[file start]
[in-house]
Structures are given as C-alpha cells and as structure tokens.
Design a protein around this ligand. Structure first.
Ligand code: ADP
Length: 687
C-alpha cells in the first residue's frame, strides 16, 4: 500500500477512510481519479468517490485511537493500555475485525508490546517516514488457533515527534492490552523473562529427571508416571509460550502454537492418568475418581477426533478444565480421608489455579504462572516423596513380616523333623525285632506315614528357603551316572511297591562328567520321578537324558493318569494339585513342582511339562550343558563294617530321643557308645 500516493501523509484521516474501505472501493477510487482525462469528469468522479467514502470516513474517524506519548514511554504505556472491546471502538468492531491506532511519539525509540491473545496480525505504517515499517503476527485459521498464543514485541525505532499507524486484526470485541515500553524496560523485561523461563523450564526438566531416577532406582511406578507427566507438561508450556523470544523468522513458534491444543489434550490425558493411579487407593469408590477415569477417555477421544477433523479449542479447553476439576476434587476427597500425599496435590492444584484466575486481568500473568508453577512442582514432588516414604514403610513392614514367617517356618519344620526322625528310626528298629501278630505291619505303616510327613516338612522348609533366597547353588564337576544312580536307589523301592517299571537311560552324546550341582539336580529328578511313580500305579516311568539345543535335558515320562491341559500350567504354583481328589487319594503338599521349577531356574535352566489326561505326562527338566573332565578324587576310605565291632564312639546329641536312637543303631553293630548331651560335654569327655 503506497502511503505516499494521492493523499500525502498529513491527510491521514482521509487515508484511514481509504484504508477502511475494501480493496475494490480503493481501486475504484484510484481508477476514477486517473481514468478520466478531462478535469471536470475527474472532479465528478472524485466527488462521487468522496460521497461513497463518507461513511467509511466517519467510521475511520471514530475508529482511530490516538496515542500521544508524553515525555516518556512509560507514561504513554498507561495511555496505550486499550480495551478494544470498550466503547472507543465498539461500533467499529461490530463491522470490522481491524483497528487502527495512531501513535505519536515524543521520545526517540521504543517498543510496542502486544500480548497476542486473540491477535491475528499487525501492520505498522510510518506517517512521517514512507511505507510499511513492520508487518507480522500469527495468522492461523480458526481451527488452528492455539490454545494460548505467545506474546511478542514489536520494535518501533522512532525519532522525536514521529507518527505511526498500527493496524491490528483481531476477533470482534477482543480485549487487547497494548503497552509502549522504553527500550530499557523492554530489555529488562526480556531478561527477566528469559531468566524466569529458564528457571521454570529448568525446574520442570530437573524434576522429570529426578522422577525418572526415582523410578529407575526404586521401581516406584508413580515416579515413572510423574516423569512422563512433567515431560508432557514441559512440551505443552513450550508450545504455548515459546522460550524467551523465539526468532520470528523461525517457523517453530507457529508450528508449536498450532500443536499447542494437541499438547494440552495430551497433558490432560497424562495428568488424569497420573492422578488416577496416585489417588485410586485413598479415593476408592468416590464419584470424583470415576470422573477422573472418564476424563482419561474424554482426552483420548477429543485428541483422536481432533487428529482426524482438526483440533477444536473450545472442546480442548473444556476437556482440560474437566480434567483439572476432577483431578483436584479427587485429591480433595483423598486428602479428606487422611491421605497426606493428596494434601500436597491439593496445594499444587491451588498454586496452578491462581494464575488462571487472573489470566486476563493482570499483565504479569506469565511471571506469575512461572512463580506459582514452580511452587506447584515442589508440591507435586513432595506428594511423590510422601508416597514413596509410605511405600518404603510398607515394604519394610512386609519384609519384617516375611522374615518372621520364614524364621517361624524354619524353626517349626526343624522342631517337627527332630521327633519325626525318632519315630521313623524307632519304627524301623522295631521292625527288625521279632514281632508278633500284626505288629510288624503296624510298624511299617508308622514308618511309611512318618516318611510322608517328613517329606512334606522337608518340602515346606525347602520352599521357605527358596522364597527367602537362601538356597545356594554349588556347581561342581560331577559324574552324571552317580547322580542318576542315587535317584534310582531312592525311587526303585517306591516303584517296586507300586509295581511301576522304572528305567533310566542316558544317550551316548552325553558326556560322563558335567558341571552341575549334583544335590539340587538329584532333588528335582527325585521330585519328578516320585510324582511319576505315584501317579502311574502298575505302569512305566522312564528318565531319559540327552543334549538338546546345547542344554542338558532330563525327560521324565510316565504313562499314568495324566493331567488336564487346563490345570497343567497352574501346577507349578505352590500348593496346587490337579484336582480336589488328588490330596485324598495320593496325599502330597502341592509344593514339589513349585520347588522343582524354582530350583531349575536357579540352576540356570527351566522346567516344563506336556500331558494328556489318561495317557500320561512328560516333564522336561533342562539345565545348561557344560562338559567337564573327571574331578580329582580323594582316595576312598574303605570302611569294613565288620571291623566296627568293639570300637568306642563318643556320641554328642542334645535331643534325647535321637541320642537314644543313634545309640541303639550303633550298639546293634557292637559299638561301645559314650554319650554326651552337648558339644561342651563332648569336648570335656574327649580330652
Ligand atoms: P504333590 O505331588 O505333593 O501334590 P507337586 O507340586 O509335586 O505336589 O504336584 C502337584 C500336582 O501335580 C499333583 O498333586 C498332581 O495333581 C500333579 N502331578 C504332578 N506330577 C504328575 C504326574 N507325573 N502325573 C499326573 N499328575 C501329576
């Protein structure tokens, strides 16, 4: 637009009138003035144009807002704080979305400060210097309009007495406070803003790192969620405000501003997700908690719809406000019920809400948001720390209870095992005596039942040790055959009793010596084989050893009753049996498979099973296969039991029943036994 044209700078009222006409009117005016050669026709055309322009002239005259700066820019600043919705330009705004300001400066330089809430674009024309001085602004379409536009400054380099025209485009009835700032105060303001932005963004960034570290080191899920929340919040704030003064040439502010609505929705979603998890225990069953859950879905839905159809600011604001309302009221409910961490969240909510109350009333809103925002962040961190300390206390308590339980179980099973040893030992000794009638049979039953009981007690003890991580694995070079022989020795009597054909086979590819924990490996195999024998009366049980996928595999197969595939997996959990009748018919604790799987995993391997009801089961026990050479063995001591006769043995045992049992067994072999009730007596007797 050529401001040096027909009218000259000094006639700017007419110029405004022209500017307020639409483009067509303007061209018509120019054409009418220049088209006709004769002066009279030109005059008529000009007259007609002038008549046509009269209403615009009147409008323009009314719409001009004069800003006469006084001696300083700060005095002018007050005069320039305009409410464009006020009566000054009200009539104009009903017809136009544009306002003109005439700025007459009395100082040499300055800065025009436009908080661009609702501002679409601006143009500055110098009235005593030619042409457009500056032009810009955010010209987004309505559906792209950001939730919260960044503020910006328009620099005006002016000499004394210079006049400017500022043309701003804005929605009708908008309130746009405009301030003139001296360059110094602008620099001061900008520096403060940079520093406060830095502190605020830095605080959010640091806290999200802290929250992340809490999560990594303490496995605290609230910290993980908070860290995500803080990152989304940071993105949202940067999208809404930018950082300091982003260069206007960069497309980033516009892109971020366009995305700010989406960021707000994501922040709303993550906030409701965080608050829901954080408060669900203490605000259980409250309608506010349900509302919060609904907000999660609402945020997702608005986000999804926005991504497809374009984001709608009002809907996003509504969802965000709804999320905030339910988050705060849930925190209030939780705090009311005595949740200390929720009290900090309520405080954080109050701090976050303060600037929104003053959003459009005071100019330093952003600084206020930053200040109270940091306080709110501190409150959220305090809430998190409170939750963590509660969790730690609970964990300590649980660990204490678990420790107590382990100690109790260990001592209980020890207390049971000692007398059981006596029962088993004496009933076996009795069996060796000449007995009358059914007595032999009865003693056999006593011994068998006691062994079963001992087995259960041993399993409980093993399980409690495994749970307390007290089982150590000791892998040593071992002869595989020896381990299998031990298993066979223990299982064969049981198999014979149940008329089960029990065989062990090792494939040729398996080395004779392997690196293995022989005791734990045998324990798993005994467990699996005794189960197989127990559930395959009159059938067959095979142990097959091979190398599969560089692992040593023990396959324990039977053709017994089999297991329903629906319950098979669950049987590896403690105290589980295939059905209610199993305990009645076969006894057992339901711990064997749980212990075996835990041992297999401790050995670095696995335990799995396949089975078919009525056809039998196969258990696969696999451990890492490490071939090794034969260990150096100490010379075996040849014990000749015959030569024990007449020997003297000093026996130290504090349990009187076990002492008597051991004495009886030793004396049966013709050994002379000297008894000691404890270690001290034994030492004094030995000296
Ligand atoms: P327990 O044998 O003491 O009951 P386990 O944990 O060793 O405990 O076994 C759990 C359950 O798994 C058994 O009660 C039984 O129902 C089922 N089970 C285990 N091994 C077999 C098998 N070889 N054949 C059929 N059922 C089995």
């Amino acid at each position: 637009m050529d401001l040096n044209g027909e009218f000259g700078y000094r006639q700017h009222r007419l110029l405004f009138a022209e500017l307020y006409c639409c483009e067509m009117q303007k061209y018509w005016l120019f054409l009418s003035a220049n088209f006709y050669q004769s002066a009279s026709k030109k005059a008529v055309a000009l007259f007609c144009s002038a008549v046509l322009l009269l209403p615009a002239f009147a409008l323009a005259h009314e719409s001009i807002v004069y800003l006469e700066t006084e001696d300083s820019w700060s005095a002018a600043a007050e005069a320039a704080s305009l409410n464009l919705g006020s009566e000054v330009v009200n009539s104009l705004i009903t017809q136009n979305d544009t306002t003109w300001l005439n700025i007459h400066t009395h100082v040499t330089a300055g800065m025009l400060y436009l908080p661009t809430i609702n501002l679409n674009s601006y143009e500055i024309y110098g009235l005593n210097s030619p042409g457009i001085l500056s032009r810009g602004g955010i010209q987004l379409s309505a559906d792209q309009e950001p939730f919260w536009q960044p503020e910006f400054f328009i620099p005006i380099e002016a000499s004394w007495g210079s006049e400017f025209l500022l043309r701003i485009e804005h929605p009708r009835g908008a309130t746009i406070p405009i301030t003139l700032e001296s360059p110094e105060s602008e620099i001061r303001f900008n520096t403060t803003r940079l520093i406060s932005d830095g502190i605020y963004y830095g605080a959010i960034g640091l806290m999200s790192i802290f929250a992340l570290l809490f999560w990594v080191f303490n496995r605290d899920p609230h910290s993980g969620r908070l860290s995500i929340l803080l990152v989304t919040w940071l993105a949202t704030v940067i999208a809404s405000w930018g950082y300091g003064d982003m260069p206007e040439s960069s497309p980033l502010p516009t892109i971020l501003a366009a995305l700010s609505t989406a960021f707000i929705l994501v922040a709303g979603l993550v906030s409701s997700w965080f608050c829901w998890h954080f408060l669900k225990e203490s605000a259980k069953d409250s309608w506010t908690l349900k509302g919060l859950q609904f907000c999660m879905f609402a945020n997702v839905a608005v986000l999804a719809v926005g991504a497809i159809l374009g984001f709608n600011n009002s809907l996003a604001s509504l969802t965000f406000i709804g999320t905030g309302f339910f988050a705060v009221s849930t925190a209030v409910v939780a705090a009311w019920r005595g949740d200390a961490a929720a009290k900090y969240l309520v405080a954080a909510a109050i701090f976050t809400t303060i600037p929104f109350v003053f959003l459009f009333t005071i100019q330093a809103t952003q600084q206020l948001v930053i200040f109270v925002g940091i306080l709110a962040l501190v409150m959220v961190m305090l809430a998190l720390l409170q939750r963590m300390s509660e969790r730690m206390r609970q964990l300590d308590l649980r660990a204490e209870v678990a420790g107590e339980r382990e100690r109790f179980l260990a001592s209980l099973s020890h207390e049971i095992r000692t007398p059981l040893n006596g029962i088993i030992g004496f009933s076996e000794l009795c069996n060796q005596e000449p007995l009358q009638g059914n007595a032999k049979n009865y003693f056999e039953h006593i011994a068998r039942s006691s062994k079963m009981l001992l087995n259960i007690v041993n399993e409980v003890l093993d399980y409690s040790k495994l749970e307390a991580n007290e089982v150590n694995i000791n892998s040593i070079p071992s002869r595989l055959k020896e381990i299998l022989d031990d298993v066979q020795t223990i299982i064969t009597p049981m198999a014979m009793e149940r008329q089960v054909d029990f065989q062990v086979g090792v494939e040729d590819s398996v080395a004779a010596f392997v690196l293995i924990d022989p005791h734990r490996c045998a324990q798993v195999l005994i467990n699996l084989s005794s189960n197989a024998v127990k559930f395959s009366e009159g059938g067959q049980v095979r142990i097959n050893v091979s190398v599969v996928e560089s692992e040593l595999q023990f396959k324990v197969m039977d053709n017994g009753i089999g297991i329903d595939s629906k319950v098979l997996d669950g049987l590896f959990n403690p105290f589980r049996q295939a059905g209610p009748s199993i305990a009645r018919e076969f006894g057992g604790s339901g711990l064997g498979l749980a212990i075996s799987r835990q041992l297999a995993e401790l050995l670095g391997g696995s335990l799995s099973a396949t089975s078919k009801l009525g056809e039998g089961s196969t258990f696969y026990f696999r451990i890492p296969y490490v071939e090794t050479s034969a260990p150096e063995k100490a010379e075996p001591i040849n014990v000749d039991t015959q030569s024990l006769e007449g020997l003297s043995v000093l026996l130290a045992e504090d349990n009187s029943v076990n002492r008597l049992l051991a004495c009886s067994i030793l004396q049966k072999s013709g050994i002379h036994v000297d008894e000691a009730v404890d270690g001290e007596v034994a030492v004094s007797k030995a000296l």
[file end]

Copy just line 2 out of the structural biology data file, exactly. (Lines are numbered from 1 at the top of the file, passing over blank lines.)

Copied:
Structures are given as C-alpha cells and as structure tokens.